does it make any better to call someone a "troll" if you say it in advance?? You just can't resist can you?? By john wray on 2011 03 22
pretty good summation, esp the part about providing health care for your employees. When you get to 40 years of doing that, then you're doing sumething. My employees are especially afraid of losing the private insurance that I provide because they won't be able to see doctors in rural colorado, but lets hope that obama care never accomplishes that. They also know that if the "penalty" for not providing hc is less than the premium that they will be thrown into a central payer. This is inevitable if it continues. I don't think that I'm special in this situation because most of the hc is provided by business (small at that). The ONLY good part is that my competitors will have to provide it which evens the playing field. By john wray on 2011 03 22
Well, Thad, I think that it depends on a). the size of the company and b). the management thereof. Larger companies tend to spread the responsibility for nefarious deeds over a larger number of people and so are more likely to DO nefarious deeds. Smaller companies have direct accountability, and so are less likely to be dishonest, in my experience. But, of course, when you're speaking of the 400 people in America who hold more wealth than the bottom 19 Million put together, you're speaking clearly of people who got there through lying, cheating and stealing. Few, if any of us, will ever be in the top 400 people...or even close. Yet we are convinced again and again by our "leaders" in Washington to give these people a pass, not to regulate them, and not to look at what they do the average American. As for the military....the military mostly has a great deal of honor and integrity. Even the military, at the very top, plays politics, however. But if you want to find the degree of honor and integrity that exist in the military, you'll have to go back into the military. You're probably not going to find this in corporate America, as there is not the mental discipline one finds in any of the armed services. By John Heckers, MA, CPC, BCPC on 2011 03 21
If the best companies recognize the value of their employees and have high ethical moral standards, as Mary says, why are all the criminals behind the bank failures, no-bid government contracting, 401k stealing and generally failed US MBA management culture have all the money and therefore political power in and out of the office place. One thing MBAs don't know is that leadership and loyalty come from demonstrated commitment to your followers as having their best interest in mind. This is West Point 101. As a soldier and liberal arts major I have seen a strong pattern of profit for management over corporate success too many times to believe sound leadership is to be found in America's management class or business schools. By Thad Cummins on 2011 03 21
The ultimate measure of a man is not where he stands in moments of comfort and convenience, but where he stands at times of challenge and controversy. -- Martin Luther King Jr. A colleague of mine gave me a postcard with this on it as a parting gift.I understand and appreciate the financial arguments you make. The excuses for bad behavior? Not so much. By Mike Cote on 2011 03 09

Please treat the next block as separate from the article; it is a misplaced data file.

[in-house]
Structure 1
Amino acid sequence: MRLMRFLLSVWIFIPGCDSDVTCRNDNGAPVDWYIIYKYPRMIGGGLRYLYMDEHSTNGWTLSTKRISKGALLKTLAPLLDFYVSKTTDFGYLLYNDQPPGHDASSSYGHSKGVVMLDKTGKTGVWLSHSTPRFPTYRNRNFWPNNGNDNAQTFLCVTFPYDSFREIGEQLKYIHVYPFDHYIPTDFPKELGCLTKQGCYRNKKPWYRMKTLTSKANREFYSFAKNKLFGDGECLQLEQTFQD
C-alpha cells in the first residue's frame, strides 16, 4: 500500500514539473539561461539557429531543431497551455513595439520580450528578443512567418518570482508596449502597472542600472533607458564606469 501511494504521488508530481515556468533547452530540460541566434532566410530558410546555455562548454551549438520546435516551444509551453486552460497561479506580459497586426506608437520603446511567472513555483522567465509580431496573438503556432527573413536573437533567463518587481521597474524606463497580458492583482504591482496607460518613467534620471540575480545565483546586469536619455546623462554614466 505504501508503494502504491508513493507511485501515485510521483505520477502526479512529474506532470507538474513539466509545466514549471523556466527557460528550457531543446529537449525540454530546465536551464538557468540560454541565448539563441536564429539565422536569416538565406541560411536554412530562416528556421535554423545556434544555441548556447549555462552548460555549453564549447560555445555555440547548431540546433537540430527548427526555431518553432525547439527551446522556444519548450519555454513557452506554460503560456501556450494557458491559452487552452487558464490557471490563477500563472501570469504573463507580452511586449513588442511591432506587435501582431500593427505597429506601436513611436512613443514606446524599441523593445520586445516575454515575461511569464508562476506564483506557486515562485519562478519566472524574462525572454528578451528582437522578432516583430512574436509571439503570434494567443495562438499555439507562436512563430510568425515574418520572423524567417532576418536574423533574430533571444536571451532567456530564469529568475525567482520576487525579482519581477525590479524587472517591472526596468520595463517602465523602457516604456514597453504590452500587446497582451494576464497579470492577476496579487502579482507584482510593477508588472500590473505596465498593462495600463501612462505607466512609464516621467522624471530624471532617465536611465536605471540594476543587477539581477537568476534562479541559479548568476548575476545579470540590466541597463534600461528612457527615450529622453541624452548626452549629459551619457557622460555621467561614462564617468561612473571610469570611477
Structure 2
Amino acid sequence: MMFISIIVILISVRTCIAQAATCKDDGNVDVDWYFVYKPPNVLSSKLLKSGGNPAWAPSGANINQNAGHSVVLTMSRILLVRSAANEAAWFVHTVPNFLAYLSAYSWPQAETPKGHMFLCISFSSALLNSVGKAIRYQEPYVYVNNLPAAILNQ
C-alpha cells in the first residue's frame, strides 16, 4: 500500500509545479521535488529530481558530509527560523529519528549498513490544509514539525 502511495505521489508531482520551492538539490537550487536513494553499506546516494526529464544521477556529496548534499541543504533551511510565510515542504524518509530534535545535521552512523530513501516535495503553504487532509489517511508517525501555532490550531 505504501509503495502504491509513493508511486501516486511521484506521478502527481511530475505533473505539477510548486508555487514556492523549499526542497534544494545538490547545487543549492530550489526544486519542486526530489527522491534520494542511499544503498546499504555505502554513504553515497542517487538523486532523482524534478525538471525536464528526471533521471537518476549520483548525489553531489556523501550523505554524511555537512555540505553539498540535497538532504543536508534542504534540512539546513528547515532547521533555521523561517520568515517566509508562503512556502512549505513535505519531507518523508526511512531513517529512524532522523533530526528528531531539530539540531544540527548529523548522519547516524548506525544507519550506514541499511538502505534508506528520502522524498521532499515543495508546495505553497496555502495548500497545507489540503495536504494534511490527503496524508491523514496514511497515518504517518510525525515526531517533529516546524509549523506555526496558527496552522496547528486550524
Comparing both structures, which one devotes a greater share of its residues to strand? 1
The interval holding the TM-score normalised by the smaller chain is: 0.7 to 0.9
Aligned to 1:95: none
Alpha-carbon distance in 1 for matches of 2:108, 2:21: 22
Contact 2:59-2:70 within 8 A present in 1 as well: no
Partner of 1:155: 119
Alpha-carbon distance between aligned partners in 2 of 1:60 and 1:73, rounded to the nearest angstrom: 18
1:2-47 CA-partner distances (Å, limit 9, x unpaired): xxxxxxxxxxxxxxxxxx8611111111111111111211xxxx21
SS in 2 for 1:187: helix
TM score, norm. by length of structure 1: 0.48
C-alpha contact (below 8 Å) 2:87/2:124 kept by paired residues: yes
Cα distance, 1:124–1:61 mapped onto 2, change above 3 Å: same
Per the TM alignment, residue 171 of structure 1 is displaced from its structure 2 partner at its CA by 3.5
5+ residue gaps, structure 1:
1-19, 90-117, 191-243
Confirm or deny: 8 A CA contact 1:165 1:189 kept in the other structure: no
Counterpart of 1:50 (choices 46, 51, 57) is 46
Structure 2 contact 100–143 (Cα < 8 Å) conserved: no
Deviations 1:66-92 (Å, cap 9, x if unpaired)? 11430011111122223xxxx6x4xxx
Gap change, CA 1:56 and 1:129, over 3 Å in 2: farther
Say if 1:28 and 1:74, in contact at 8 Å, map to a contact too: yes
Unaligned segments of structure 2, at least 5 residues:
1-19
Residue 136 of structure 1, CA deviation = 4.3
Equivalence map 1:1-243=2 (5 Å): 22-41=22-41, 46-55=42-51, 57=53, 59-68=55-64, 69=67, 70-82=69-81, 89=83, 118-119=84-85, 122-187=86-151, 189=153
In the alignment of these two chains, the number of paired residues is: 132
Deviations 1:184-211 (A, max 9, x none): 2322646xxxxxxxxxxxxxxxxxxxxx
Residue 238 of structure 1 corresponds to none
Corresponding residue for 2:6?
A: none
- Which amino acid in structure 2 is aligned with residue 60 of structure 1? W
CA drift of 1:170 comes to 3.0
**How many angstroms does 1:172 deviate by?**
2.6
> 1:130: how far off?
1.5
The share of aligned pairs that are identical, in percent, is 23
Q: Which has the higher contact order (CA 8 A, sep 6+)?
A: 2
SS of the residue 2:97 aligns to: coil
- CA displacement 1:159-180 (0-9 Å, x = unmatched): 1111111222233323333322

Annie --- what you say is certainly some degree. I understand that employers may have to drop some benefits. Frankly, I think that the cost of health insurance is being exaggerated for political agendas. We have a top plan and it really, truly doesn't cost that much to keep us and our employees covered. If there is pain, such as vanishing perks and benefits, that pain should be shared by both the owners or executives and the "rank and file" employees. What I see too often is that the execs (and owners) take the pain last, not first, which, in my opinion, is the opposite of how it should be. I'm just saying that owners/managers/execs have an obligation to their staffs. As to management...hard times are no excuse for micromanagement or abuse. Yes, you should be grateful for a job in these hard times. But, as the economy gets better, if you're not being treated well and with respect, you should be looking. By John Heckers, MA, CPC, BCPC on 2011 03 08
If so many business owners weren't struggling right along with their employees, perhaps it would be easier for them to follow your 10 hardcore 'realities'...however, the 'reality' is that they simply can't afford perks, benefits, extra time off, or any employees who wastes a minute of time.. They too are stressed, and as a result can become intolerant, rigid, overbearing, and yes, at times insensitive.. Under 'normal' and more financially relaxed circumstances and times, my employer has been generous, thoughtful, exhibited far less micro management, and was able to offer perks and benefits. However, what I have systematically experienced as times became more and more difficult (financially) for the company, was how the stress of doing everything possible to keep the business operating, has changed how the employers' expectations and management of the employees (including me) has drastically changed... including the ability to provide the benefits and perks I once enjoyed.... I'm personally just happy to still have my job and I try to do everything I know to be understanding during this most difficult time.. By Annie on 2011 03 08
Well said! The best companies recognize the value in their employees and also run their businesses with high ethical and moral standards. By Mary on 2011 03 08